Carol’s Daughter sells hair and skin care products primarily to African-American women.
To help more small retail industry suppliers synchronize their product codes with those of retailers, Extol International launched today a $2,500 tool designed to let small companies connect their data with UCCnet’s web-based Global Registry.
To help more small retail industry suppliers synchronize their product codes with those of retailers, Extol International launched today a $2,500 tool designed to let small companies connect their data with UCCnet’s web-based Global Registry. The scaled-down version of Extol’s UCCnet Synchronization Suite targets small suppliers who have yet to participate with retailers using the Global Registry, says Extol vice president of marketing Steven Rosen.
The application, which costs about $40,000 in its full-scale version, is intended for companies with up to 25 GTIN-coded products who don’t want to invest in a complete application, Rosen says. The full-scale version is designed to automatically integrate synchronized product data with a supplier’s back-end software, including inventory records. The automated integration lets the supplier avoid physically entering new product information when, for instance, a retailer says it no longer wants to receive delivery of a particular product. But many smaller suppliers aren’t concerned about the chore of entering data for a small number of products and so have balked at investing in full-scale synchronization applications, Rosen says.
A GTIN, or global trading identification number, is a new international code that retailers and suppliers are expected to begin using in January 2005 in order to have standardized method of processing products from throughout the world. By synchronizing supplier and retailer data, companies provide for a greater degree of accuracy in inventory records, purchase orders, invoices and other forms of data records and communications, experts say.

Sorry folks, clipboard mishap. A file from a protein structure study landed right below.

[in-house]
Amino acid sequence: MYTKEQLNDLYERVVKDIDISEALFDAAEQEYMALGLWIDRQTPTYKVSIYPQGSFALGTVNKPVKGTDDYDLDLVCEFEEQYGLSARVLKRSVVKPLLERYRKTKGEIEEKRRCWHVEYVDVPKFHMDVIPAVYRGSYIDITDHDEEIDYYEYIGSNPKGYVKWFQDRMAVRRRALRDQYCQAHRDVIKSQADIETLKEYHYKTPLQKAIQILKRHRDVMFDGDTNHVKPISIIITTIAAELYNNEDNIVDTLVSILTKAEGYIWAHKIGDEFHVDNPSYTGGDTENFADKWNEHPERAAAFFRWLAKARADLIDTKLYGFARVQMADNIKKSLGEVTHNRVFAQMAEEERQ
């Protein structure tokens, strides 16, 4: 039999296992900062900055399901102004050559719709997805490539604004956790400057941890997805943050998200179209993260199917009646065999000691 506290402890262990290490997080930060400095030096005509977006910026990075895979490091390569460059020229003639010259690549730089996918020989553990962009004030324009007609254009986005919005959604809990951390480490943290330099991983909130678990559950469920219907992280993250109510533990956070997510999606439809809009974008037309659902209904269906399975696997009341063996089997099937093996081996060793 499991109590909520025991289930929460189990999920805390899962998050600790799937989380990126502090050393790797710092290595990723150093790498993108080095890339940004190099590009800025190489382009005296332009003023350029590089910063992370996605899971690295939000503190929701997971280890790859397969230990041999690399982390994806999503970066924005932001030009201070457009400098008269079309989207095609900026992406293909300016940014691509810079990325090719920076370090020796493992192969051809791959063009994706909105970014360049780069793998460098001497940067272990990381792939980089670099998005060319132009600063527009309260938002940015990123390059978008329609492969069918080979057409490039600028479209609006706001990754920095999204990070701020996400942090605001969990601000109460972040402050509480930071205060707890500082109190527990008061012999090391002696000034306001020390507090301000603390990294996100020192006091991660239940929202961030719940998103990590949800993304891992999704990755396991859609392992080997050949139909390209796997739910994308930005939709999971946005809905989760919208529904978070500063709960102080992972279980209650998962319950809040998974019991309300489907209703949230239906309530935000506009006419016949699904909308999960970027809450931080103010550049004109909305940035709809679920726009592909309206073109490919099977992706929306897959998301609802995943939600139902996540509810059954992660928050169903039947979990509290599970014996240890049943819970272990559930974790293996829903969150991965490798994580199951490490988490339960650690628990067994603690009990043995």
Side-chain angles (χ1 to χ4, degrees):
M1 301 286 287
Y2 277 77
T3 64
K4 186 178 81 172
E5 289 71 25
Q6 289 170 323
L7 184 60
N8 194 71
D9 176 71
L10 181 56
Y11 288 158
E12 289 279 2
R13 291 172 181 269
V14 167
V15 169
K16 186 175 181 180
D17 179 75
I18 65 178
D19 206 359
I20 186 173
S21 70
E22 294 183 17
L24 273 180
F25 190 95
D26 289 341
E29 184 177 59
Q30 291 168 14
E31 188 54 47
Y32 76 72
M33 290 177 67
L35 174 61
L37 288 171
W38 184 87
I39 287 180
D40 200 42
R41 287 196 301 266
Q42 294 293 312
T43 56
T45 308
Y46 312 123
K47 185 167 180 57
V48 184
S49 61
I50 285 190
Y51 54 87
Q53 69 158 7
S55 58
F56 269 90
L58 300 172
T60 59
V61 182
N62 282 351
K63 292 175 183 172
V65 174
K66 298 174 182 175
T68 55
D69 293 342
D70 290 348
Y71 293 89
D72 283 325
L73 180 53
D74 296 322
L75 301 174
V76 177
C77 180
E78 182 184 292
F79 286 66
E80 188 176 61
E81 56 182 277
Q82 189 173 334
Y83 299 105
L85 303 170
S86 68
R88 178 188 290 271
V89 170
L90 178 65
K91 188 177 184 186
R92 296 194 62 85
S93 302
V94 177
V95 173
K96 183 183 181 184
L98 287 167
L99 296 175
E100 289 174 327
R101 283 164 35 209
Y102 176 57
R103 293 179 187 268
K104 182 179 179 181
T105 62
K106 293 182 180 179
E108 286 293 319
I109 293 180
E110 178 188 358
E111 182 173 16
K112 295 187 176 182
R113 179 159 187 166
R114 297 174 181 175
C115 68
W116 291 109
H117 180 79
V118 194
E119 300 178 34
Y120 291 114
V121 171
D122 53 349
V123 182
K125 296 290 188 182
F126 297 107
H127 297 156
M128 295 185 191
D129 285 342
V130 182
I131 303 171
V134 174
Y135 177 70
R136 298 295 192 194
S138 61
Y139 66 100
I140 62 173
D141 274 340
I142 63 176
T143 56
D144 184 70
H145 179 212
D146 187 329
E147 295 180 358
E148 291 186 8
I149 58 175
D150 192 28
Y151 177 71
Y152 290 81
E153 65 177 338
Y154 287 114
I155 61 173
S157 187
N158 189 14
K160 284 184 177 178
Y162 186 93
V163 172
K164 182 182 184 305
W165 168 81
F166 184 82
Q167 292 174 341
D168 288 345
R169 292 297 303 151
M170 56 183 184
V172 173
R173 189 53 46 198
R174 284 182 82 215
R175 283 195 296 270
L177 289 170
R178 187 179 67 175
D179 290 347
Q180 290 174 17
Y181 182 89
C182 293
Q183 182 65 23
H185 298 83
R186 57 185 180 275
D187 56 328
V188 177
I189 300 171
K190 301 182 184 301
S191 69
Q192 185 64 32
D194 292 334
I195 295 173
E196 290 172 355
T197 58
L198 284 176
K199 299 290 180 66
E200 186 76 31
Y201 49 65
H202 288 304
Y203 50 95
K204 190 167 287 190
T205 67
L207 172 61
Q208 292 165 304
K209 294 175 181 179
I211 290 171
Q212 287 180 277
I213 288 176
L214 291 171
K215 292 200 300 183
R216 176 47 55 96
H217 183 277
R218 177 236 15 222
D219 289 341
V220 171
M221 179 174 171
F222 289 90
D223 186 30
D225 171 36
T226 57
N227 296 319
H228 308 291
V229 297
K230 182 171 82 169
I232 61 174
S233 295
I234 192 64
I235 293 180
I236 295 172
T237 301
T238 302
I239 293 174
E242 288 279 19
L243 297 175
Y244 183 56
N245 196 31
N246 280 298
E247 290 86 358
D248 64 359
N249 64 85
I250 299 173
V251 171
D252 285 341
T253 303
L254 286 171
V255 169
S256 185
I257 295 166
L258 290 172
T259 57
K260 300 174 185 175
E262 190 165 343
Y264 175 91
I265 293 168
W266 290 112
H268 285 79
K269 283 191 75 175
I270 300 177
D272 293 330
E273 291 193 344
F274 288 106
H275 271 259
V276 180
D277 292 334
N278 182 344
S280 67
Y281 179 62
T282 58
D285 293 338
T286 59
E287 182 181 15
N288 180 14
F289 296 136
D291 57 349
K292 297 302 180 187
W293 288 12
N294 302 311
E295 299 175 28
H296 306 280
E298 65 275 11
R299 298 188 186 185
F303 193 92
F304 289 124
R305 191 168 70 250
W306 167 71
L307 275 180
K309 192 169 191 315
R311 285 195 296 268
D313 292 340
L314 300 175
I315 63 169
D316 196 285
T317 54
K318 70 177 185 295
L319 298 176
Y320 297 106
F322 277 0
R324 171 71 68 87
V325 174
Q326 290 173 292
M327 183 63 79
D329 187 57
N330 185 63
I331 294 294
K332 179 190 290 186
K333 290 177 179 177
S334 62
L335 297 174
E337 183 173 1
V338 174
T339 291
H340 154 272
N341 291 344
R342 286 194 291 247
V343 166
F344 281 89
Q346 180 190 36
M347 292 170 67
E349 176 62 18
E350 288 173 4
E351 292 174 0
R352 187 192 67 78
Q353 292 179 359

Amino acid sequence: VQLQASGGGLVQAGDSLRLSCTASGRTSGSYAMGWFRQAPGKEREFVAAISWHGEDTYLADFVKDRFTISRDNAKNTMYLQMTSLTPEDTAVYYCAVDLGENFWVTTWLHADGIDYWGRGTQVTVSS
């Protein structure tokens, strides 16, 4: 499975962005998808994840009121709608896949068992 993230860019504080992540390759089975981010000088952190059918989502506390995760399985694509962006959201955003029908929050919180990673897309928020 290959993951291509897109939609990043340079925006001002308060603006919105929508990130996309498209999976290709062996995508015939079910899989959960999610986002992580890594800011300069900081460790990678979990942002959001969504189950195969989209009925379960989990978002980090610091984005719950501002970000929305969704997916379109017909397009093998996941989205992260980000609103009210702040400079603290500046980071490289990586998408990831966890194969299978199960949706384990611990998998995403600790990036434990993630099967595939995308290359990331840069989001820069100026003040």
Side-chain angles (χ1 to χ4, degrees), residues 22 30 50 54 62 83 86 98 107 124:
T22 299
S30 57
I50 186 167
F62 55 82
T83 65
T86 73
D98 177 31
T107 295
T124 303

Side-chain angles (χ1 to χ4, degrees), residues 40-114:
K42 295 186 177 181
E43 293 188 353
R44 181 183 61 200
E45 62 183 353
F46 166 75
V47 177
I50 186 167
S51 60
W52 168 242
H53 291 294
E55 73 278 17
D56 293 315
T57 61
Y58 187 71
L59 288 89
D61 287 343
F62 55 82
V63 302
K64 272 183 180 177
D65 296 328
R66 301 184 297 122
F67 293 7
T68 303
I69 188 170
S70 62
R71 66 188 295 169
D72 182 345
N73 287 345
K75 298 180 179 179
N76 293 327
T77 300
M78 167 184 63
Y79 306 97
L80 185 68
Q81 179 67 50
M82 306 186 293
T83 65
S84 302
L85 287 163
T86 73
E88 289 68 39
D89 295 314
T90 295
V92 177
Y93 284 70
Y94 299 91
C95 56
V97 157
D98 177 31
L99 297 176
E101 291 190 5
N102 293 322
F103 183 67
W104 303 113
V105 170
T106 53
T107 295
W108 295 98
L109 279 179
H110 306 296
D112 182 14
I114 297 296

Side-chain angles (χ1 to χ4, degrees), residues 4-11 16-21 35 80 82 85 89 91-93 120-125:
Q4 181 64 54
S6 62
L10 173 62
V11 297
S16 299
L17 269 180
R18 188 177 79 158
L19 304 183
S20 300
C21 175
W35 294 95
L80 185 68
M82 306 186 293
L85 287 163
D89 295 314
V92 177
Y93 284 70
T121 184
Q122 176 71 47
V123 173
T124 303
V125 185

Analysts say Extol is helping to fill a definite need among small retail suppliers. "There absolutely needs to be a low-cost scaled down model for smaller manufacturers," says Kara Romanow, analyst with AMR Research Inc. "Most smaller manufacturers don’t have the complexity in their applications where they would require an internal data repository – they often don’t have the one-version-of-the-truth problem. So they wouldn’t necessarily need to integrate their UCCnet solution with their back-end applications – except to feed data if it changes frequently.
Romanow notes that, while Wal-Mart Stores Inc. and other major retailers have mandated that their top 100 vendors become synchronized with UCCnet standards, there are thousands of smaller retailers who could be left behind. "The top 100 are only 100, but Wal-Mart has 21,000 suppliers," she says. "So there are lots of smaller vendors who need to get their data to UCCNet and their retail partners."
The Extol application is designed so that product managers see a list of their products on a web page with a series of red and green marks next to each item. A green mark identifies items that have been checked to have the same codes and data format as those used by a retailer; a red mark identifies those that need to be changed. The system is designed to automatically block any attempts by a product manager to update the Global Registry with incorrect or red-marked product listings; simultaneously, it will automatically send an e-mail alert notifying a supervisor of the discrepancy, Rosen says.
UCCnet currently has 2,800 companies signed up for the Global Registry, including about 700 in full production, a spokesman says.